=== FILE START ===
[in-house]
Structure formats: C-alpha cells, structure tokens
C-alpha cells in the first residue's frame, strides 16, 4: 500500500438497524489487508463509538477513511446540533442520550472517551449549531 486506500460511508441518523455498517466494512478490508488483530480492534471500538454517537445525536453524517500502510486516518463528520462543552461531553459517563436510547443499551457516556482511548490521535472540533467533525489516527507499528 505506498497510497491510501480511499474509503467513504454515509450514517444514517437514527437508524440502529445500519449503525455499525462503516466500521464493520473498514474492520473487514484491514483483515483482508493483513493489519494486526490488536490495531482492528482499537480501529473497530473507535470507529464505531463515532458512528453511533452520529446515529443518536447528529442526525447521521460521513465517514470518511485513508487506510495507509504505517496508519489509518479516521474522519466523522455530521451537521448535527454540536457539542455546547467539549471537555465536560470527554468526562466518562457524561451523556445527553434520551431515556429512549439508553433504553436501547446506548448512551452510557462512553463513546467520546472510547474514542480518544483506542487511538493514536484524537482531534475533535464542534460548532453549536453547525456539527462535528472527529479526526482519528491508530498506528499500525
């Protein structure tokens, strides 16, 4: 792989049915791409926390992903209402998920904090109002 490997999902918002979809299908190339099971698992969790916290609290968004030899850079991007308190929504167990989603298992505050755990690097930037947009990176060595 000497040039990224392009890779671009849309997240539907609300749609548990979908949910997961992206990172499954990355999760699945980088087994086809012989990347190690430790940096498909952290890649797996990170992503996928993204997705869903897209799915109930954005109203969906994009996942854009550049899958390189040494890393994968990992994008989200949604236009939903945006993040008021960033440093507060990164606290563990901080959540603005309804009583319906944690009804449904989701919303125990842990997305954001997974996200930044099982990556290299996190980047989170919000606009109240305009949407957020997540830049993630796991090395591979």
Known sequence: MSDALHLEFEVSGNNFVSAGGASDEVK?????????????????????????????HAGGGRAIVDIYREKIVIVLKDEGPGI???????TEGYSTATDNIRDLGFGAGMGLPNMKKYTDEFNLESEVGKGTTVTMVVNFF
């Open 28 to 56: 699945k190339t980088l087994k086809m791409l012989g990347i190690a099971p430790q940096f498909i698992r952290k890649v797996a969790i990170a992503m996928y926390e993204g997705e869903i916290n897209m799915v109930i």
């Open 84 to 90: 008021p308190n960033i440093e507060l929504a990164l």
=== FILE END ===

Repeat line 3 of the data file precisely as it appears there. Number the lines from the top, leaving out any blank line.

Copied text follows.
C-alpha cells in the first residue's frame, strides 16, 4: 500500500438497524489487508463509538477513511446540533442520550472517551449549531 486506500460511508441518523455498517466494512478490508488483530480492534471500538454517537445525536453524517500502510486516518463528520462543552461531553459517563436510547443499551457516556482511548490521535472540533467533525489516527507499528 505506498497510497491510501480511499474509503467513504454515509450514517444514517437514527437508524440502529445500519449503525455499525462503516466500521464493520473498514474492520473487514484491514483483515483482508493483513493489519494486526490488536490495531482492528482499537480501529473497530473507535470507529464505531463515532458512528453511533452520529446515529443518536447528529442526525447521521460521513465517514470518511485513508487506510495507509504505517496508519489509518479516521474522519466523522455530521451537521448535527454540536457539542455546547467539549471537555465536560470527554468526562466518562457524561451523556445527553434520551431515556429512549439508553433504553436501547446506548448512551452510557462512553463513546467520546472510547474514542480518544483506542487511538493514536484524537482531534475533535464542534460548532453549536453547525456539527462535528472527529479526526482519528491508530498506528499500525